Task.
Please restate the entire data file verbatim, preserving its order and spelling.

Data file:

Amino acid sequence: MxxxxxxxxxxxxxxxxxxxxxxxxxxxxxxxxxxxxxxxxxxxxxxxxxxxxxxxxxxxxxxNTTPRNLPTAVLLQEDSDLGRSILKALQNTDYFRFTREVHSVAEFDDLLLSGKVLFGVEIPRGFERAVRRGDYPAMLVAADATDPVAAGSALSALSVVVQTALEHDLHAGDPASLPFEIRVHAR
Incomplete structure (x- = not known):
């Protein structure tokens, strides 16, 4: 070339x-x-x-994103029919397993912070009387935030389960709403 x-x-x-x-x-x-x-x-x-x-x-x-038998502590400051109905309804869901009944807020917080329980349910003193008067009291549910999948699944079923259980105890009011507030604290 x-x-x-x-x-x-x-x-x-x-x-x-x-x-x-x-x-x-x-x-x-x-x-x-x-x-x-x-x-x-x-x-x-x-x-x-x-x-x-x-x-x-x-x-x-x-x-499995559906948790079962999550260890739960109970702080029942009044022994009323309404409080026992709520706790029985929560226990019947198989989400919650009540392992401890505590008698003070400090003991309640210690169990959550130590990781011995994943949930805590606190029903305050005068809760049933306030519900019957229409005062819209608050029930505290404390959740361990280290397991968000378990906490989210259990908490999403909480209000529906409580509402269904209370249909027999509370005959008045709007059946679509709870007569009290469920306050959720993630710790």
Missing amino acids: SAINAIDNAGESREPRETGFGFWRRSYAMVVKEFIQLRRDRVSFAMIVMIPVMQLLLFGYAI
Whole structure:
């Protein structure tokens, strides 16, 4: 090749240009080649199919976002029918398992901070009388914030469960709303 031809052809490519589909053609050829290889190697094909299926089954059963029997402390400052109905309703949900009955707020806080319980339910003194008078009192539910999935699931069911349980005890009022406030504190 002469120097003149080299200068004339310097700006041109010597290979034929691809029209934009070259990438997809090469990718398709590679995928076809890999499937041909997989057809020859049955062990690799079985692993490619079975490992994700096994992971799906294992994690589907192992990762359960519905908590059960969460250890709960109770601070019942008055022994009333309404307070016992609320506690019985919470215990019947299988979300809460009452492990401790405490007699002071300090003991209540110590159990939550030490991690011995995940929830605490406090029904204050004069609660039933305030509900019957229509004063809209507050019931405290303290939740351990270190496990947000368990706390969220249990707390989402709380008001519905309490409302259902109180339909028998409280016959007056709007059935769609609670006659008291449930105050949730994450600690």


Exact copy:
Amino acid sequence: MxxxxxxxxxxxxxxxxxxxxxxxxxxxxxxxxxxxxxxxxxxxxxxxxxxxxxxxxxxxxxxNTTPRNLPTAVLLQEDSDLGRSILKALQNTDYFRFTREVHSVAEFDDLLLSGKVLFGVEIPRGFERAVRRGDYPAMLVAADATDPVAAGSALSALSVVVQTALEHDLHAGDPASLPFEIRVHAR
Incomplete structure (x- = not known):
């Protein structure tokens, strides 16, 4: 070339x-x-x-994103029919397993912070009387935030389960709403 x-x-x-x-x-x-x-x-x-x-x-x-038998502590400051109905309804869901009944807020917080329980349910003193008067009291549910999948699944079923259980105890009011507030604290 x-x-x-x-x-x-x-x-x-x-x-x-x-x-x-x-x-x-x-x-x-x-x-x-x-x-x-x-x-x-x-x-x-x-x-x-x-x-x-x-x-x-x-x-x-x-x-499995559906948790079962999550260890739960109970702080029942009044022994009323309404409080026992709520706790029985929560226990019947198989989400919650009540392992401890505590008698003070400090003991309640210690169990959550130590990781011995994943949930805590606190029903305050005068809760049933306030519900019957229409005062819209608050029930505290404390959740361990280290397991968000378990906490989210259990908490999403909480209000529906409580509402269904209370249909027999509370005959008045709007059946679509709870007569009290469920306050959720993630710790």
Missing amino acids: SAINAIDNAGESREPRETGFGFWRRSYAMVVKEFIQLRRDRVSFAMIVMIPVMQLLLFGYAI
Whole structure:
């Protein structure tokens, strides 16, 4: 090749240009080649199919976002029918398992901070009388914030469960709303 031809052809490519589909053609050829290889190697094909299926089954059963029997402390400052109905309703949900009955707020806080319980339910003194008078009192539910999935699931069911349980005890009022406030504190 002469120097003149080299200068004339310097700006041109010597290979034929691809029209934009070259990438997809090469990718398709590679995928076809890999499937041909997989057809020859049955062990690799079985692993490619079975490992994700096994992971799906294992994690589907192992990762359960519905908590059960969460250890709960109770601070019942008055022994009333309404307070016992609320506690019985919470215990019947299988979300809460009452492990401790405490007699002071300090003991209540110590159990939550030490991690011995995940929830605490406090029904204050004069609660039933305030509900019957229509004063809209507050019931405290303290939740351990270190496990947000368990706390969220249990707390989402709380008001519905309490409302259902109180339909028998409280016959007056709007059935769609609670006659008291449930105050949730994450600690």